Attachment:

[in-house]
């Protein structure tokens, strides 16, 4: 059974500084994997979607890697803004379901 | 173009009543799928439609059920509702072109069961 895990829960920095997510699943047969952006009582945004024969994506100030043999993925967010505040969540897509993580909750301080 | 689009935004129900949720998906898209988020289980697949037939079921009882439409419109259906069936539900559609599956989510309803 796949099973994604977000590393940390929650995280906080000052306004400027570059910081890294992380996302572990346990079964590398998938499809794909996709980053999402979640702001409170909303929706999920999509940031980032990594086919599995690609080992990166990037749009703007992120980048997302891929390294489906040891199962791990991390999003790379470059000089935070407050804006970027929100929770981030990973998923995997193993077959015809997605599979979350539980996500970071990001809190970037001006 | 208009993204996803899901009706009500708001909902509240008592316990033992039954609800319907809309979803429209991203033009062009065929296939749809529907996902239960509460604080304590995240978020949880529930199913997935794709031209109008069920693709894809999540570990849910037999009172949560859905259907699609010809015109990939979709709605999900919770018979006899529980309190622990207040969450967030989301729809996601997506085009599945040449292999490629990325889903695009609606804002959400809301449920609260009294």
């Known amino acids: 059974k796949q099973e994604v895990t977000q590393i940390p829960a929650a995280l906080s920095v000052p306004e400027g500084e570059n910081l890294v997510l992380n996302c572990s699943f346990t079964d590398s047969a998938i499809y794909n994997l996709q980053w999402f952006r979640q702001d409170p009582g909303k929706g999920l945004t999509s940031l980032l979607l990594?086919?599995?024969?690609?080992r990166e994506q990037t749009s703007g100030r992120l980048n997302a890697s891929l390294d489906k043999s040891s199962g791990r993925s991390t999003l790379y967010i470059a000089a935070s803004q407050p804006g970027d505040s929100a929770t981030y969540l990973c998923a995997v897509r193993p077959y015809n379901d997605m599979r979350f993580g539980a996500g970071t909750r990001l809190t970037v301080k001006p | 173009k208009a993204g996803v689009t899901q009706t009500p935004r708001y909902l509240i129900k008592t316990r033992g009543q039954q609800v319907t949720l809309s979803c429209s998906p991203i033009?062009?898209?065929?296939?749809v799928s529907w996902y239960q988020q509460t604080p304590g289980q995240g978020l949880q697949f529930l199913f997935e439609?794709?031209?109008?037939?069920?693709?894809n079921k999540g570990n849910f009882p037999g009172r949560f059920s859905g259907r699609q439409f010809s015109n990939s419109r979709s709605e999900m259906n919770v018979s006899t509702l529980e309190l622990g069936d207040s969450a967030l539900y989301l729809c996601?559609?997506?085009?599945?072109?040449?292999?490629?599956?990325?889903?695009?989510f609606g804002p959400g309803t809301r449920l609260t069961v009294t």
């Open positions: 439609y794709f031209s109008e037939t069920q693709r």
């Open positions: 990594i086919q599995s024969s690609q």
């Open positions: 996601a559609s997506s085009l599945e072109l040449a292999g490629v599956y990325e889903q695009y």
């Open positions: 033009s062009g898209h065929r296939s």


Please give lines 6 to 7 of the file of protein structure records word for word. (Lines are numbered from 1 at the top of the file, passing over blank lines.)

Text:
């Open positions: 996601a559609s997506s085009l599945e072109l040449a292999g490629v599956y990325e889903q695009y």
């Open positions: 033009s062009g898209h065929r296939s």